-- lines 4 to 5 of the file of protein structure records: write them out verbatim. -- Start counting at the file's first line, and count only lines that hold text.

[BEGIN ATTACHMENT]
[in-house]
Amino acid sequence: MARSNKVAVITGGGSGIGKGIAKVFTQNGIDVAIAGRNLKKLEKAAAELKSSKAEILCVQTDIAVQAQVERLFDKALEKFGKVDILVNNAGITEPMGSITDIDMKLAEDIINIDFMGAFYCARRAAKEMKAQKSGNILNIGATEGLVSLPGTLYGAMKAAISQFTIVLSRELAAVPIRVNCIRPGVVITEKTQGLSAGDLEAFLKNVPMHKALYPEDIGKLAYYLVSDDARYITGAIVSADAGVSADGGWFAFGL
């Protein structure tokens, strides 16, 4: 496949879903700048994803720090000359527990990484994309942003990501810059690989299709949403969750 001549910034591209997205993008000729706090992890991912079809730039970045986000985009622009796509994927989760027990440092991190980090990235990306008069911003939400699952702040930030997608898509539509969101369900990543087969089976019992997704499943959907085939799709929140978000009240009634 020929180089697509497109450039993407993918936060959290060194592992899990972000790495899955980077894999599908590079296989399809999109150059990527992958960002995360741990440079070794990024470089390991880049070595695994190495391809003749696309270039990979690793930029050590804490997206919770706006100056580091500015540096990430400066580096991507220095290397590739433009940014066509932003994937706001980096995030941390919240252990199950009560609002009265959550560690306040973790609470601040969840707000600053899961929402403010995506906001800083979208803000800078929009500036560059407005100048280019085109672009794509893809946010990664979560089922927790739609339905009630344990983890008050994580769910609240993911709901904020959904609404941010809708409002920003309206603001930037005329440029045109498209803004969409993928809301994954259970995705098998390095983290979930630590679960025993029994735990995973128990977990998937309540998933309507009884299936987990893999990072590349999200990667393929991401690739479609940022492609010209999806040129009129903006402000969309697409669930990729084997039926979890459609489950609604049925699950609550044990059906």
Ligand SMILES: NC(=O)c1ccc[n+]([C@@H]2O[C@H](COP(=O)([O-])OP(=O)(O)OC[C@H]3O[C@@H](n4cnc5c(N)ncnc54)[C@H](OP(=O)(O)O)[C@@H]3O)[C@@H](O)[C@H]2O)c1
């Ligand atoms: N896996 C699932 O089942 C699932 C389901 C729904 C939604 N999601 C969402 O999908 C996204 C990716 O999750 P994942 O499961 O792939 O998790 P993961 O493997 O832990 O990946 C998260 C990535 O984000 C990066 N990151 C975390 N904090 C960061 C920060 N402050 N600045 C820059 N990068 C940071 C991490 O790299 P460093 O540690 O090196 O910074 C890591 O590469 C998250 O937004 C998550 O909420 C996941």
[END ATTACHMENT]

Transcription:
Ligand SMILES: NC(=O)c1ccc[n+]([C@@H]2O[C@H](COP(=O)([O-])OP(=O)(O)OC[C@H]3O[C@@H](n4cnc5c(N)ncnc54)[C@H](OP(=O)(O)O)[C@@H]3O)[C@@H](O)[C@H]2O)c1
């Ligand atoms: N896996 C699932 O089942 C699932 C389901 C729904 C939604 N999601 C969402 O999908 C996204 C990716 O999750 P994942 O499961 O792939 O998790 P993961 O493997 O832990 O990946 C998260 C990535 O984000 C990066 N990151 C975390 N904090 C960061 C920060 N402050 N600045 C820059 N990068 C940071 C991490 O790299 P460093 O540690 O090196 O910074 C890591 O590469 C998250 O937004 C998550 O909420 C996941």